When Eagle Rock resident Pauline Adkins, 68, looks back on the years she’s lived in the eclectic neighborhood just north of downtown Los Angeles, she says she has no bad childhood memories.
But now, she looks at her neighborhood and sings a different tune. She says a growing number of homeless encampments, increased crime, and an expanding number of dissatisfied residents are dividing the community. Like other residents across the state, many blame their locally elected officials.
Motivated by the thought of children growing up in a “deteriorating neighborhood,” she spearheaded the effort to launch a recall campaign on July 19 against Los Angeles Councilmember Kevin de León, who oversees the 14th Council District. The district also includes Skid Row, which is home to Los Angeles’s largest population of people living on the streets.
“I have not in my life seen so many Democrats turn against somebody as they are against him. I really believe it’s bipartisan. I believe that when you’re talking about a community as tight-knit as Eagle Rock, Highland Park—this community—we’re tired,” Adkins told The Epoch Times.
On documents filed with the city’s elections office, she said the main reason for the recall attempt was that de León had failed to control the growth of homeless encampments in the city. Four other Eagle Rock residents signed the documents as well.
“I believe that the homeless are running the streets of Eagle Rock,” Adkins said.
Pointing to a construction project near a small homeless tent on the sidewalk of Highland Avenue, Adkins added, “This is a clear and almost dangerous example of it right here, where this young man would not move.”
“And they were doing major construction, God forbid, a rock hit that boy in the head, they’d sue the city of Los Angeles,” she said.
Another major point of contention is the county’s investment in tiny home villages operated by the nonprofit Hope of the Valley. De León plans to place one of the cabin communities in Highland Park, which Adkins said is too close to a family park and a day care center.
The new village, called the Arroyo Seco Tiny Home Village, will be the largest in the state and is expected to take three months to build. A number of other similar communities with wraparound services and job training have popped up across the county as an interim solution while permanent supportive housing units remain stuck in development pipelines.
“A big point of this recall is to attempt to get an emergency injunction to stop it, at least until we can get more data,” Adkins said of the village.
One of her main concerns is that while no drugs and weapons are permitted on the tiny home grounds, residents can still do drugs off-site.
“How are you going to keep the residents of this tiny home from selling drugs to our children or to our young adults? There was no answer,” Adkins said.
While many homeless people will accept housing opportunities, some say they have chosen to live outside.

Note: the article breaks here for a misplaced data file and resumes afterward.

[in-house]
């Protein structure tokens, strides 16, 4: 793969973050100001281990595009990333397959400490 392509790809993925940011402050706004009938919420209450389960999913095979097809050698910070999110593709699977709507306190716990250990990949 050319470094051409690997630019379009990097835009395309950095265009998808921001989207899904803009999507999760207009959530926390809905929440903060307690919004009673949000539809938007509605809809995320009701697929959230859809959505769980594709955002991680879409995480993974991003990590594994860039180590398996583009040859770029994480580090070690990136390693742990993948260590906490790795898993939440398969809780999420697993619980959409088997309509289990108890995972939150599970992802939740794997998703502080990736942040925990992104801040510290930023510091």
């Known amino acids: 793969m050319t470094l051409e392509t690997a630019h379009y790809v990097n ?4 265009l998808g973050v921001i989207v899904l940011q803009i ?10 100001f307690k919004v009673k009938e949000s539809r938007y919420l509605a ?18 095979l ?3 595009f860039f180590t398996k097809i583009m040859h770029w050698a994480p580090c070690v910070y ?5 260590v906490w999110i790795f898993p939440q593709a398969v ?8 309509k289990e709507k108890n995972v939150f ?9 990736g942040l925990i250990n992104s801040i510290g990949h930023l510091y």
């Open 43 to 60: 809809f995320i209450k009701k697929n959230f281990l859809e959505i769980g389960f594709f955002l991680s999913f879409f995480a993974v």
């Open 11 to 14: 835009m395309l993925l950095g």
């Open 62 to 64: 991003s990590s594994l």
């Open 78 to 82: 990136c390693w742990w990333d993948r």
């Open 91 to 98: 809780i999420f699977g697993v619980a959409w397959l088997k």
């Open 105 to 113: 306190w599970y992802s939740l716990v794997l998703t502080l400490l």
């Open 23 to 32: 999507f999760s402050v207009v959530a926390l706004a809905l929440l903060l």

While De León’s office couldn’t be reached for comment by deadline, during a press conference at the July opening of the Tarzana Tiny Home Village, he showed his support for other tiny home projects, alongside Councilmember Bob Blumenfield.
“I want to sort of break that stereotype, that myth that exists that the majority of unhoused individuals are housing resistant. That’s been my experience, that for the vast majority of unhoused individuals, if you offer them housing, they’ll take it in a heartbeat,” de León told The Epoch Times during the press conference.
“For those individuals who continue to say [they] don’t want housing, we will continue to work with them. We’ll have to be patient with them,” he said.
Adkins said she never imagined she would be involved in local politics. She holds a master’s degree in human behavior and a bachelor’s in psychology, later pursuing a path of entrepreneurship. But after contacting de León’s office numerous times without any response from the councilman, she felt she had to take action.
“We have drug addicts, and we have drug dealers, and it’s real clear,” Adkins said. “The poor, innocent homeless people deserve and need what they need, and that should be accessible.”
De León is the third councilmember in Los Angeles targeted for a recall alongside Mike Bonin and Nithya Raman over their handling of the homelessness crisis. All three recall petitions were approved in July.
Bonin has been in hot water over his handling of the homeless encampments and fires in Venice Beach, making the beach the center of a political dispute while Los Angeles County Sheriff Alex Villanueva deployed a team of officers to clean up the beach and connect individuals to housing.
In response to the recall efforts, de León told reporters: “From day one, I promised my constituents that I would partner with them to tackle our district’s challenges with urgency, compassion, and common sense—and that is exactly what we are doing. Nothing will derail our focus on saving lives as we fulfill our commitment to lift unhoused Angelenos off the streets and into housing as quickly as possible.”
To trigger a recall election, organizers have 120 days to collect roughly 20,500 signatures, or 15 percent of the district’s registered voters. Adkins said she has volunteers in neighborhoods across the county ready to begin petitioning.
“I’m getting Facebook support, I’m getting messenger support, I’m getting phone calls,” she said.
“We just got rid of José Huizar, and we really appear to have went from the proverbial frying pan into the fire, we’ve gone from worse to worse. It is time to stop. It’s time to let us have our community back.”